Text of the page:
PGE(2)-treated macrophages inhibit development of allergic lung inflammation in miceDraijer, C., Boorsma, C. E., Reker-Smit, C., Post, E., Poelstra, K. & Melgert, B. N., Jul-2016, In : Journal of Leukocyte Biology. 100, 1, p. 95-102 8 p.
Research output: Contribution to journal › Article › Academic › peer-review
In healthy lungs, many macrophages are characterized by IL-10 production, and few are characterized by expression of IFN regulatory factor 5 (formerly M1) or YM1 and/or CD206 (formerly M2), whereas in asthma, this balance shifts toward few producing IL-10 and many expressing IFN regulatory factor 5 or YM1/CD206. In this study, we tested whether redressing the balance by reinstating IL-10 production could prevent house dust mite-induced allergic lung inflammation. PGE2 was found to be the best inducer of IL-10 in macrophages in vitro. Mice were then sensitized and challenged to house dust mites during a 2 wk protocol while treated with PGE2 in differentways. Lung inflammation was assessed 3 d after the last house dust mite challenge. House dust miteexposed mice treated with free PGE(2) had fewer infiltrating eosinophils in lungs and lower YM1 serum levels than vehicle-treated mice. Macrophage-specific delivery of PGE(2) did not affect lung inflammation. Adoptive transfer of PGE(2)-treated macrophages led to fewer infiltrating eosinophils, macrophages, (activated) CD4(+), and regulatory T lymphocytes in lungs. Our study shows that the redirection of macrophage polarization by using PGE(2) inhibits development of allergic lung inflammation. This beneficial effect of macrophage repolarization is a novel avenue to explore for therapeutic purposes.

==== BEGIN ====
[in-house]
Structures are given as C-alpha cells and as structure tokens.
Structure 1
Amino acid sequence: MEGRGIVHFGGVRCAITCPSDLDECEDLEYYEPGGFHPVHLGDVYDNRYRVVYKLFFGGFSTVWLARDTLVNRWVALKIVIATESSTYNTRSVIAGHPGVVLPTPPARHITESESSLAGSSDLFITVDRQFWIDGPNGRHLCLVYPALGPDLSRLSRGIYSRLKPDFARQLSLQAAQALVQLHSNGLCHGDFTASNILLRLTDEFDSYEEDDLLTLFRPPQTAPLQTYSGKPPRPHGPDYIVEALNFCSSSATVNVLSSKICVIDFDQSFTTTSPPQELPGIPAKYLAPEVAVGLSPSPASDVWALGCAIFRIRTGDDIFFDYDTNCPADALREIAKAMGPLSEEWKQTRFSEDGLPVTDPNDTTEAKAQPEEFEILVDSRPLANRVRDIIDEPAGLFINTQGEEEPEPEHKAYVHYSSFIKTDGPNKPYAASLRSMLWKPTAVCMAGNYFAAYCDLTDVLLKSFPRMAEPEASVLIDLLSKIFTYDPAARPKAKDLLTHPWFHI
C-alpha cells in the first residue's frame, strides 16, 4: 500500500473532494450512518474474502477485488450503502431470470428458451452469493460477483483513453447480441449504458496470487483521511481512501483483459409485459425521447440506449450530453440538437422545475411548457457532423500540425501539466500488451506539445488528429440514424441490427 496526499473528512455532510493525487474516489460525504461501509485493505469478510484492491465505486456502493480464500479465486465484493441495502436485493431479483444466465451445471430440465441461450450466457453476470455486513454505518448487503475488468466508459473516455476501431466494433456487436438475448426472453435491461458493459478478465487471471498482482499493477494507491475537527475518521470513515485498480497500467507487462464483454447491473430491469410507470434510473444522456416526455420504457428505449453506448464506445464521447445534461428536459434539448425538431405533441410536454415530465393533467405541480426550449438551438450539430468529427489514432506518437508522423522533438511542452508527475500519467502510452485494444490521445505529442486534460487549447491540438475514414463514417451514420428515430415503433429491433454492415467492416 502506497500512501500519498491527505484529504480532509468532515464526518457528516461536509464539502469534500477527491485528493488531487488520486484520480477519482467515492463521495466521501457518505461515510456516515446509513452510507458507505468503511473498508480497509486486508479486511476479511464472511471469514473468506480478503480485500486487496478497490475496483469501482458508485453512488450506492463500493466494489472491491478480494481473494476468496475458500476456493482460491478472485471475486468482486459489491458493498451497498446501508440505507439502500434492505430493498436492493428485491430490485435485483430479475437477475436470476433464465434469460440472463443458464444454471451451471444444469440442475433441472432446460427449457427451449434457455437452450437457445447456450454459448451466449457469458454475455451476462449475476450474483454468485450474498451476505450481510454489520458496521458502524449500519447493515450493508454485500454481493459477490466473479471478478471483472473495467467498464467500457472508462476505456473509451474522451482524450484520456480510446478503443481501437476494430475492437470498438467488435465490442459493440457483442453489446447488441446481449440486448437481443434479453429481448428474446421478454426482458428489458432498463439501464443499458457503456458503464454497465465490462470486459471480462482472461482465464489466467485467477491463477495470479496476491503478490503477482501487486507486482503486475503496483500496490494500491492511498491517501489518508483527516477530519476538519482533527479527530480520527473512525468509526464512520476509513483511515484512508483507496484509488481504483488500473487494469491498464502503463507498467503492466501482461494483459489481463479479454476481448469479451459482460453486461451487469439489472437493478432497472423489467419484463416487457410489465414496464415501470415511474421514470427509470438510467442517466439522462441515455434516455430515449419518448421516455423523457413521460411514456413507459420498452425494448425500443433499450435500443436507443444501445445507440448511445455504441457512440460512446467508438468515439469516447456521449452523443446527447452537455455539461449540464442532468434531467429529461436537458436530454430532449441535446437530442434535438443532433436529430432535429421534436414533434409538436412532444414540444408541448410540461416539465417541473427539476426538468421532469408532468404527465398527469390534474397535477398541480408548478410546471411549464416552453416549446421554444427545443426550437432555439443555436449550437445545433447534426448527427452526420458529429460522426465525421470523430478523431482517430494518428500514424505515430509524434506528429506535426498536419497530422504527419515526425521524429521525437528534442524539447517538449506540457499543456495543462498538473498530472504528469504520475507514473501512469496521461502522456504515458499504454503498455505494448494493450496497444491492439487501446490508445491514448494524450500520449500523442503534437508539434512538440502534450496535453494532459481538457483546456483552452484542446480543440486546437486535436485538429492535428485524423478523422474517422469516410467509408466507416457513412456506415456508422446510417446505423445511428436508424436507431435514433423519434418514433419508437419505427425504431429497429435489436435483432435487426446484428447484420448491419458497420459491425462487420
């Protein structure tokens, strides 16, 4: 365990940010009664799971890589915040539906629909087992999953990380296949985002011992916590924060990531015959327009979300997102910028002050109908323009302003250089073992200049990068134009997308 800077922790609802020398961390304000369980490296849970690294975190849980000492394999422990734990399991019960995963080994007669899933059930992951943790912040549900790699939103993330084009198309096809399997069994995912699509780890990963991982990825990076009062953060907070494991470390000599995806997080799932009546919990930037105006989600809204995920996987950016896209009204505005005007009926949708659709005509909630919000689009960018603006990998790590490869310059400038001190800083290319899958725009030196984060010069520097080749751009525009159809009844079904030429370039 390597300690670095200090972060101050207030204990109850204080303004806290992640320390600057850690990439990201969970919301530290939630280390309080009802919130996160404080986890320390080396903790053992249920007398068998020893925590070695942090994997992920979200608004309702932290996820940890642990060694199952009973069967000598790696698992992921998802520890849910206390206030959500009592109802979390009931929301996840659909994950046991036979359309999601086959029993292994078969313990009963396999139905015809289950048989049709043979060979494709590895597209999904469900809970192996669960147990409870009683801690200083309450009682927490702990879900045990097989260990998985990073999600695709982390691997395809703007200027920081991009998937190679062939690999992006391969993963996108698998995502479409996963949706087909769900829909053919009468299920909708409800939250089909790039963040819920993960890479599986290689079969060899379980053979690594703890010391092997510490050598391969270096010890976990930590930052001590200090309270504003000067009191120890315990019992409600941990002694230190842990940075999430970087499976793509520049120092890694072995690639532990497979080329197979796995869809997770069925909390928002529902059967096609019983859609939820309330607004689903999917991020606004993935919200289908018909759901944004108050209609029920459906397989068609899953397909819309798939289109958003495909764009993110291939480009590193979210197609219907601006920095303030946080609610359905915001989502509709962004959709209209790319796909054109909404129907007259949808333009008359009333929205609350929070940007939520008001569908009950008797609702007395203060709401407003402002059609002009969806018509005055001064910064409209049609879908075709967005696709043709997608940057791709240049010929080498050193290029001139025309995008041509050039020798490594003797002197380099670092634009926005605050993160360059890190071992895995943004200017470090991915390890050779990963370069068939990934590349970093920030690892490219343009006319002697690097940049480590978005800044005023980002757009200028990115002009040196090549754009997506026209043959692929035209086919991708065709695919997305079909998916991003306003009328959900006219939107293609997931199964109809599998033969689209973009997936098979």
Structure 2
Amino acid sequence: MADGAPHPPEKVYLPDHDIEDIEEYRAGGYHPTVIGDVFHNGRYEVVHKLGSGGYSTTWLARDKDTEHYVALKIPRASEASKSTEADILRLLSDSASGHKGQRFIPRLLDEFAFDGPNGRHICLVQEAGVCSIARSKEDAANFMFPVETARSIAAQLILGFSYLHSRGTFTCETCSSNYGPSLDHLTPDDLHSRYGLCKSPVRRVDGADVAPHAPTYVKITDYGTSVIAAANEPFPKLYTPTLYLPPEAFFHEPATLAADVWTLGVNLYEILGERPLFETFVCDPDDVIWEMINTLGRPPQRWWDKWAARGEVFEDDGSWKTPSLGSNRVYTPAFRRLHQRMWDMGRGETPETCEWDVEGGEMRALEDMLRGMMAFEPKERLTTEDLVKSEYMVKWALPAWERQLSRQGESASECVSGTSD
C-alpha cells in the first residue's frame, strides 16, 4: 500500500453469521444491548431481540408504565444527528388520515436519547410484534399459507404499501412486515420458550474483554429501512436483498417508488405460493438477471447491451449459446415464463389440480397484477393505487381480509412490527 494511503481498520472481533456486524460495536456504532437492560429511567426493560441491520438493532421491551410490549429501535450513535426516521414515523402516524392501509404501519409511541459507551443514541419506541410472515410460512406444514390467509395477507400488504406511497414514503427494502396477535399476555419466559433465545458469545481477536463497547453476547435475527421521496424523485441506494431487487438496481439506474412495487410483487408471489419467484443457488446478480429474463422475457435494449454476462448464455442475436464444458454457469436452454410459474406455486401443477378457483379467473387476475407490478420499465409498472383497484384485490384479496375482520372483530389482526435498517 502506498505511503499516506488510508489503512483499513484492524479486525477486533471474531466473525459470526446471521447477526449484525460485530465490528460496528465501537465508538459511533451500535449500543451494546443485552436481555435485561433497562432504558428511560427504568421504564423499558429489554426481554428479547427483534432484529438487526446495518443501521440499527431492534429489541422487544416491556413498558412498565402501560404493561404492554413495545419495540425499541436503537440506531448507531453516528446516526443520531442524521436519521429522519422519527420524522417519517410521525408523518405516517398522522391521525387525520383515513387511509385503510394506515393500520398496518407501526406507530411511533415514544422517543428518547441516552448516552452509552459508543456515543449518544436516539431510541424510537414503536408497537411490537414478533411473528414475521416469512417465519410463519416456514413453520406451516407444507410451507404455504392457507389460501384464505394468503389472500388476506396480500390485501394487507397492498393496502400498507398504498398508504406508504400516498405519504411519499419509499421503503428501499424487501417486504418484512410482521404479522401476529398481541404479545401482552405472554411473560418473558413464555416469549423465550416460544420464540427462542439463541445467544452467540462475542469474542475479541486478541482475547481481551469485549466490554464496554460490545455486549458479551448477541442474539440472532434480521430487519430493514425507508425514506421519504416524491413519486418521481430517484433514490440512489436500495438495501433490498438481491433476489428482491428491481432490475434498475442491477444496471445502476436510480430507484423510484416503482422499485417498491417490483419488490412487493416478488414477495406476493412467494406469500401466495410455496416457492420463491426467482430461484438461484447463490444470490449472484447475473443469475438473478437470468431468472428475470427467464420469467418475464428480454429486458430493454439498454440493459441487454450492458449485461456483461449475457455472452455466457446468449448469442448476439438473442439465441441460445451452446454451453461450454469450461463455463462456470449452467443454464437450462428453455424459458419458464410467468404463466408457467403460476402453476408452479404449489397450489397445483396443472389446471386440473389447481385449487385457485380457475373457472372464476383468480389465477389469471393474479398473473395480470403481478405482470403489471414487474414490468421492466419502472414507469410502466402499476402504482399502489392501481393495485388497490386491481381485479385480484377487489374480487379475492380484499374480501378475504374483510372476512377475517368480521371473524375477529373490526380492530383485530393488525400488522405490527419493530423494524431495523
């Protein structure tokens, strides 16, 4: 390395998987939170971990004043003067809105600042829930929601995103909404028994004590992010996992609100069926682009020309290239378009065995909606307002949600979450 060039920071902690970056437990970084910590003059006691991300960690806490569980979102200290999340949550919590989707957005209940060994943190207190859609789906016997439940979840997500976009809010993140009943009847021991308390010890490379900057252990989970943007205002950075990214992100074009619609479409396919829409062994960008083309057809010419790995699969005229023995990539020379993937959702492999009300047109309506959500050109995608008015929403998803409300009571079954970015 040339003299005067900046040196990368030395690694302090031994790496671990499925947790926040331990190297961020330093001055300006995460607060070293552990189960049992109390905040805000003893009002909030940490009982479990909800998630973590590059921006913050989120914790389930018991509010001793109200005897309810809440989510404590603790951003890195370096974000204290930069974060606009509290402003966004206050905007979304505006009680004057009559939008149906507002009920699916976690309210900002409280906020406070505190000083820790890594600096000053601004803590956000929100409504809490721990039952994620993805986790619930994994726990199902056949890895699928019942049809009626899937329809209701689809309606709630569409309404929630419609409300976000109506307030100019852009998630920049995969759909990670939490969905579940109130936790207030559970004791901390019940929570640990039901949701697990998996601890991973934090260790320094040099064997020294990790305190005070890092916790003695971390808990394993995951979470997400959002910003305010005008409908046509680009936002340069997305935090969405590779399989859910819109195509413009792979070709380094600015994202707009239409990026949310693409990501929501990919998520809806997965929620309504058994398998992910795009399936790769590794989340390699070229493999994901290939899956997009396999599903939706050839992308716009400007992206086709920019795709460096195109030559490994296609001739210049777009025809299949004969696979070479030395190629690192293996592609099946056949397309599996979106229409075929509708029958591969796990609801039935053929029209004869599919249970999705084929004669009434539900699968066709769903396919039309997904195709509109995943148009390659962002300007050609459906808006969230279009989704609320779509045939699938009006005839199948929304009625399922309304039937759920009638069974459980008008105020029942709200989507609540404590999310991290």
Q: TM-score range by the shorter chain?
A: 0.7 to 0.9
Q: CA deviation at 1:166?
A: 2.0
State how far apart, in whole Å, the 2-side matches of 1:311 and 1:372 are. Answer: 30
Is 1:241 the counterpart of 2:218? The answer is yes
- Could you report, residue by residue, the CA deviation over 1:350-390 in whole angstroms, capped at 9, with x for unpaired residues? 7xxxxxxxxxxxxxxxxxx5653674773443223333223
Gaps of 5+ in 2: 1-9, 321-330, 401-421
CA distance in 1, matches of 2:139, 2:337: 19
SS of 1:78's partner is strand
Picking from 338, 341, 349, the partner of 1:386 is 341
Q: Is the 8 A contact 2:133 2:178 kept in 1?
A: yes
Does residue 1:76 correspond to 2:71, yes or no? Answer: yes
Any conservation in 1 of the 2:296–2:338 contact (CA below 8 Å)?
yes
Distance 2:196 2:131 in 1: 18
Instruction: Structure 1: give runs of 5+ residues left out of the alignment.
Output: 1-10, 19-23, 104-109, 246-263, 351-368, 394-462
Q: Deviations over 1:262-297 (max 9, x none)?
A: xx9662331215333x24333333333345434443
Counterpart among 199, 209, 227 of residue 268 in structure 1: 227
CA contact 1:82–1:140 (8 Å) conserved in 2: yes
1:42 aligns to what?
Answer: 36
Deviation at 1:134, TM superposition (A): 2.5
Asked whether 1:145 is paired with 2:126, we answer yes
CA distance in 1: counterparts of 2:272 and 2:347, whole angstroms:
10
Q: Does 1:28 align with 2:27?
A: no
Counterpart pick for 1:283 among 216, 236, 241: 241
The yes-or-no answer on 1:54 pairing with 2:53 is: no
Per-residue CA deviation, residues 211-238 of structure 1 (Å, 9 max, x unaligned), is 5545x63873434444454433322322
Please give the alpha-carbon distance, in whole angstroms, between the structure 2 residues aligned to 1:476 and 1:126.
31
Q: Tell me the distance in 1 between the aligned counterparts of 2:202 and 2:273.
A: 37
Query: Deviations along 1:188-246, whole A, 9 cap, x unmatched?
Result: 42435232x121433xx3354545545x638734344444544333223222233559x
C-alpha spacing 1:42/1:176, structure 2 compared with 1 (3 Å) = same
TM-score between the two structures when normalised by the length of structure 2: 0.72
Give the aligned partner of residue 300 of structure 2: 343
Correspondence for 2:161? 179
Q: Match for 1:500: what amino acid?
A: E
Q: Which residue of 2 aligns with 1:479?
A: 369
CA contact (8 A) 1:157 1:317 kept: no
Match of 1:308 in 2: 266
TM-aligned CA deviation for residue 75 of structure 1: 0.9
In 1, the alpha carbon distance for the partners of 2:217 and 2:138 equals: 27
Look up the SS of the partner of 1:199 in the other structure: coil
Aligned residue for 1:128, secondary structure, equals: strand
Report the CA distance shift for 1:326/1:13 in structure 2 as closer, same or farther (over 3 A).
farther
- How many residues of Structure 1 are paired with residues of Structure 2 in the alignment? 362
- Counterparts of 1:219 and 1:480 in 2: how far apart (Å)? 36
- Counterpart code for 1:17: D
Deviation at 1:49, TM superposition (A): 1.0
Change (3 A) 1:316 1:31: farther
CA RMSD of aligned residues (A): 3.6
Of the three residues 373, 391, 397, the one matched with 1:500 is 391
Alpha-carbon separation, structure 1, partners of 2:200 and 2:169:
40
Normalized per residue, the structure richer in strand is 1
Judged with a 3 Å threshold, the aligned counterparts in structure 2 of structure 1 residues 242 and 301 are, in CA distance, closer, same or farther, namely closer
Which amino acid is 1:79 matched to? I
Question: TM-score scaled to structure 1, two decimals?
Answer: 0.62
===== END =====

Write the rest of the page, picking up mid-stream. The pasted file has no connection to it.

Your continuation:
|Number of pages||8|
|Journal||Journal of Leukocyte Biology|
|Publication status||Published - Jul-2016|
- hematopoietic, embryonic, targeting, asthma, alveolar, RESIDENT ALVEOLAR MACROPHAGES, T-CELL PROLIFERATION, TISSUE MACROPHAGES, IL-10 PRODUCTION, MONOCYTES, RECEPTOR, ASTHMA, ACTIVATION, PGE(2), HYPERRESPONSIVENESS